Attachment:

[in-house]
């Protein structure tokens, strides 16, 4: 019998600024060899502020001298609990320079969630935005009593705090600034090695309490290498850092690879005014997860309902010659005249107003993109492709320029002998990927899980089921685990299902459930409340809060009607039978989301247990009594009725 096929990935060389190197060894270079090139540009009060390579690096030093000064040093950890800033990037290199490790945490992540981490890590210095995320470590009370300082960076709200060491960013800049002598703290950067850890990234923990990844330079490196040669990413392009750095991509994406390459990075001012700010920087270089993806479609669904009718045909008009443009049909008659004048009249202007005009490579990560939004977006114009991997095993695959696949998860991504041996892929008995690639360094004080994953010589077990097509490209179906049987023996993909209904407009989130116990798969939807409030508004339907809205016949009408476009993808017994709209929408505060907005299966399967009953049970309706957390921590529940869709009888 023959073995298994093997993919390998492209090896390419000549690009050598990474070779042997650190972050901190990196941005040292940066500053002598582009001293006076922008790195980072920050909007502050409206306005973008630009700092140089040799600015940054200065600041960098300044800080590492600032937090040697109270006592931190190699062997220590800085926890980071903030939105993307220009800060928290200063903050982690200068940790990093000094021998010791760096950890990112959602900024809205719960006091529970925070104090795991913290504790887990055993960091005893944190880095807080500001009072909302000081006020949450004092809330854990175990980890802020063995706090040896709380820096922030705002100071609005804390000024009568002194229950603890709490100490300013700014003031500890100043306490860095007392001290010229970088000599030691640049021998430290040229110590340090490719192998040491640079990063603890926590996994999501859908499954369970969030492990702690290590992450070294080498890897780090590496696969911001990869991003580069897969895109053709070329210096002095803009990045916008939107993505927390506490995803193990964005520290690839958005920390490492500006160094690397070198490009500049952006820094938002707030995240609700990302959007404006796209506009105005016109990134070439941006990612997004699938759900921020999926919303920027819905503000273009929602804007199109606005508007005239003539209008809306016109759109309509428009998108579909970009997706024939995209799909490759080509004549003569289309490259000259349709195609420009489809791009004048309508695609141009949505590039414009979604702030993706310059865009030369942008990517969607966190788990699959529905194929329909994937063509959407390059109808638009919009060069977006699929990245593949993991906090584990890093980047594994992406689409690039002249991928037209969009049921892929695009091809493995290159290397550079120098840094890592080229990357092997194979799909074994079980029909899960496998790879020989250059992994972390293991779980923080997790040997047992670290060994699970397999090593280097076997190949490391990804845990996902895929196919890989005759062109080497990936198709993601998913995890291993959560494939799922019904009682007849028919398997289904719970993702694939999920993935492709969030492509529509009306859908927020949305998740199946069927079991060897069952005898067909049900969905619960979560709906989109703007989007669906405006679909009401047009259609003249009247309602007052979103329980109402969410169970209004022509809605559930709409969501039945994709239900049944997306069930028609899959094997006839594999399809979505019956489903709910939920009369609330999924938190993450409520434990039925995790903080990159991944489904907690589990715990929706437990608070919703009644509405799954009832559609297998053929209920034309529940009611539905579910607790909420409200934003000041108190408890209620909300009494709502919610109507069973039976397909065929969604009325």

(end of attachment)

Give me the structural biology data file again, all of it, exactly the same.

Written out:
[in-house]
């Protein structure tokens, strides 16, 4: 019998600024060899502020001298609990320079969630935005009593705090600034090695309490290498850092690879005014997860309902010659005249107003993109492709320029002998990927899980089921685990299902459930409340809060009607039978989301247990009594009725 096929990935060389190197060894270079090139540009009060390579690096030093000064040093950890800033990037290199490790945490992540981490890590210095995320470590009370300082960076709200060491960013800049002598703290950067850890990234923990990844330079490196040669990413392009750095991509994406390459990075001012700010920087270089993806479609669904009718045909008009443009049909008659004048009249202007005009490579990560939004977006114009991997095993695959696949998860991504041996892929008995690639360094004080994953010589077990097509490209179906049987023996993909209904407009989130116990798969939807409030508004339907809205016949009408476009993808017994709209929408505060907005299966399967009953049970309706957390921590529940869709009888 023959073995298994093997993919390998492209090896390419000549690009050598990474070779042997650190972050901190990196941005040292940066500053002598582009001293006076922008790195980072920050909007502050409206306005973008630009700092140089040799600015940054200065600041960098300044800080590492600032937090040697109270006592931190190699062997220590800085926890980071903030939105993307220009800060928290200063903050982690200068940790990093000094021998010791760096950890990112959602900024809205719960006091529970925070104090795991913290504790887990055993960091005893944190880095807080500001009072909302000081006020949450004092809330854990175990980890802020063995706090040896709380820096922030705002100071609005804390000024009568002194229950603890709490100490300013700014003031500890100043306490860095007392001290010229970088000599030691640049021998430290040229110590340090490719192998040491640079990063603890926590996994999501859908499954369970969030492990702690290590992450070294080498890897780090590496696969911001990869991003580069897969895109053709070329210096002095803009990045916008939107993505927390506490995803193990964005520290690839958005920390490492500006160094690397070198490009500049952006820094938002707030995240609700990302959007404006796209506009105005016109990134070439941006990612997004699938759900921020999926919303920027819905503000273009929602804007199109606005508007005239003539209008809306016109759109309509428009998108579909970009997706024939995209799909490759080509004549003569289309490259000259349709195609420009489809791009004048309508695609141009949505590039414009979604702030993706310059865009030369942008990517969607966190788990699959529905194929329909994937063509959407390059109808638009919009060069977006699929990245593949993991906090584990890093980047594994992406689409690039002249991928037209969009049921892929695009091809493995290159290397550079120098840094890592080229990357092997194979799909074994079980029909899960496998790879020989250059992994972390293991779980923080997790040997047992670290060994699970397999090593280097076997190949490391990804845990996902895929196919890989005759062109080497990936198709993601998913995890291993959560494939799922019904009682007849028919398997289904719970993702694939999920993935492709969030492509529509009306859908927020949305998740199946069927079991060897069952005898067909049900969905619960979560709906989109703007989007669906405006679909009401047009259609003249009247309602007052979103329980109402969410169970209004022509809605559930709409969501039945994709239900049944997306069930028609899959094997006839594999399809979505019956489903709910939920009369609330999924938190993450409520434990039925995790903080990159991944489904907690589990715990929706437990608070919703009644509405799954009832559609297998053929209920034309529940009611539905579910607790909420409200934003000041108190408890209620909300009494709502919610109507069973039976397909065929969604009325």